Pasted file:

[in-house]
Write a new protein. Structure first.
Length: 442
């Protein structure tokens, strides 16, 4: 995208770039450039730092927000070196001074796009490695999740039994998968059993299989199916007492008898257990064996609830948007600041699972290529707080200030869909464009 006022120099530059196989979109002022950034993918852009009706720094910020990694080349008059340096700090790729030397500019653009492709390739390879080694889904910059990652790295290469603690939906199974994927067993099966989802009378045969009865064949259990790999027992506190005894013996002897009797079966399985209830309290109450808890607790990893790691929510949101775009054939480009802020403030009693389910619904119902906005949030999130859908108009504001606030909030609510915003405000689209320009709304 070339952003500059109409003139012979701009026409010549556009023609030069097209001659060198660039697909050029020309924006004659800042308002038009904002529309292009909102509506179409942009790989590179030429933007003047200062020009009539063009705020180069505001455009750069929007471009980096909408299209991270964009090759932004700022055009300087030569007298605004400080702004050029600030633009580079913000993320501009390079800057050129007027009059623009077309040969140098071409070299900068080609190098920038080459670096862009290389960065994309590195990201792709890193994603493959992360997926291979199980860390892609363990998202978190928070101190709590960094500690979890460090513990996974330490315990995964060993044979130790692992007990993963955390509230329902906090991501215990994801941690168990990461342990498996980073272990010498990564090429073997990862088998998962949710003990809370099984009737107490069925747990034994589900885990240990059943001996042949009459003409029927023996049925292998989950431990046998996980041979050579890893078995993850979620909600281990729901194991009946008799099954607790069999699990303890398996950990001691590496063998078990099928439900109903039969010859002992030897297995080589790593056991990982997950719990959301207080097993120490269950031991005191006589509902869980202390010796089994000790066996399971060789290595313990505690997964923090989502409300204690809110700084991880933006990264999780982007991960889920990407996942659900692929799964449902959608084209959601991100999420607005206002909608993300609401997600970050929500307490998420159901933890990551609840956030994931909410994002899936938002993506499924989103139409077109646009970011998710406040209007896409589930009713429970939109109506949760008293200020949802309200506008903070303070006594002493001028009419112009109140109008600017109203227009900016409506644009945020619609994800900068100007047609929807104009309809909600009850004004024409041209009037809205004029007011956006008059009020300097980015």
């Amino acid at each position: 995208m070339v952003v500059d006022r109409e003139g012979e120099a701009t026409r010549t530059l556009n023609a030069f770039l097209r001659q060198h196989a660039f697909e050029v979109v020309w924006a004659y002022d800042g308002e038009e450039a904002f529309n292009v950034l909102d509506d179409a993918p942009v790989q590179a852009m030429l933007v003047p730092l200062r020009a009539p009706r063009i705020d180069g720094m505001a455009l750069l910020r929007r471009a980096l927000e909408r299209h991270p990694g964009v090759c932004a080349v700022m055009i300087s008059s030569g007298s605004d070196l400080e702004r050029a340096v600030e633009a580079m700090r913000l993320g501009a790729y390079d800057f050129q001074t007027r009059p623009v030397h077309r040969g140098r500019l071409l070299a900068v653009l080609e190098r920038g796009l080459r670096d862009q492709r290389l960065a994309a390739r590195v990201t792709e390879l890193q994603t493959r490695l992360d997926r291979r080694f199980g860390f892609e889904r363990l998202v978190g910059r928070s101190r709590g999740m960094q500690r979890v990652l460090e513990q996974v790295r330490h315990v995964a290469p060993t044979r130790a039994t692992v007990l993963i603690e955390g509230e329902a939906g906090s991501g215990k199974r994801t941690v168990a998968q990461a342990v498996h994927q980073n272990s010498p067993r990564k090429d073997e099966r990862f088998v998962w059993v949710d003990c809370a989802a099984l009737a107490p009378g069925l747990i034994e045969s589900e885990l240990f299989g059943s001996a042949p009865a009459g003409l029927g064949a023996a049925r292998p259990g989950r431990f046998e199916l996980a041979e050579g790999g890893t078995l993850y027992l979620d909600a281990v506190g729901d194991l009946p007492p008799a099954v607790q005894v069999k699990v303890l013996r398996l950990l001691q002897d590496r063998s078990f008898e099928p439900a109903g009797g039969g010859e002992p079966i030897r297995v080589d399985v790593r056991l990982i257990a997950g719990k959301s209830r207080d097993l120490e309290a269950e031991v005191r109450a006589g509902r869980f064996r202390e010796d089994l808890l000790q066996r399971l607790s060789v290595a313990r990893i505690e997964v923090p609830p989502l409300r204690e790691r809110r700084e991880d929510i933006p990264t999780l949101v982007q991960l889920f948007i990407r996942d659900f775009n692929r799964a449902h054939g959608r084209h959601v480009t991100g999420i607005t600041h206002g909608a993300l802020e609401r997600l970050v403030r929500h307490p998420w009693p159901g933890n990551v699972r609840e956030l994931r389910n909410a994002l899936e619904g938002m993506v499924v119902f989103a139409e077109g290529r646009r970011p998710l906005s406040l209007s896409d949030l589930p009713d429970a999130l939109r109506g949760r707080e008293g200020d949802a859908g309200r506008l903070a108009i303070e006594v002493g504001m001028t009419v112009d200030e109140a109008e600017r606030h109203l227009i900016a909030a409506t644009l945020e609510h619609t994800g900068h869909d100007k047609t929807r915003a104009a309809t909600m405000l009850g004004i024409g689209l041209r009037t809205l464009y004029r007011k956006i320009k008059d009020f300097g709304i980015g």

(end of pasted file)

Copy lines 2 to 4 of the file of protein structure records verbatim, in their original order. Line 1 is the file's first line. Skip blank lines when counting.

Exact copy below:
Write a new protein. Structure first.
Length: 442
């Protein structure tokens, strides 16, 4: 995208770039450039730092927000070196001074796009490695999740039994998968059993299989199916007492008898257990064996609830948007600041699972290529707080200030869909464009 006022120099530059196989979109002022950034993918852009009706720094910020990694080349008059340096700090790729030397500019653009492709390739390879080694889904910059990652790295290469603690939906199974994927067993099966989802009378045969009865064949259990790999027992506190005894013996002897009797079966399985209830309290109450808890607790990893790691929510949101775009054939480009802020403030009693389910619904119902906005949030999130859908108009504001606030909030609510915003405000689209320009709304 070339952003500059109409003139012979701009026409010549556009023609030069097209001659060198660039697909050029020309924006004659800042308002038009904002529309292009909102509506179409942009790989590179030429933007003047200062020009009539063009705020180069505001455009750069929007471009980096909408299209991270964009090759932004700022055009300087030569007298605004400080702004050029600030633009580079913000993320501009390079800057050129007027009059623009077309040969140098071409070299900068080609190098920038080459670096862009290389960065994309590195990201792709890193994603493959992360997926291979199980860390892609363990998202978190928070101190709590960094500690979890460090513990996974330490315990995964060993044979130790692992007990993963955390509230329902906090991501215990994801941690168990990461342990498996980073272990010498990564090429073997990862088998998962949710003990809370099984009737107490069925747990034994589900885990240990059943001996042949009459003409029927023996049925292998989950431990046998996980041979050579890893078995993850979620909600281990729901194991009946008799099954607790069999699990303890398996950990001691590496063998078990099928439900109903039969010859002992030897297995080589790593056991990982997950719990959301207080097993120490269950031991005191006589509902869980202390010796089994000790066996399971060789290595313990505690997964923090989502409300204690809110700084991880933006990264999780982007991960889920990407996942659900692929799964449902959608084209959601991100999420607005206002909608993300609401997600970050929500307490998420159901933890990551609840956030994931909410994002899936938002993506499924989103139409077109646009970011998710406040209007896409589930009713429970939109109506949760008293200020949802309200506008903070303070006594002493001028009419112009109140109008600017109203227009900016409506644009945020619609994800900068100007047609929807104009309809909600009850004004024409041209009037809205004029007011956006008059009020300097980015």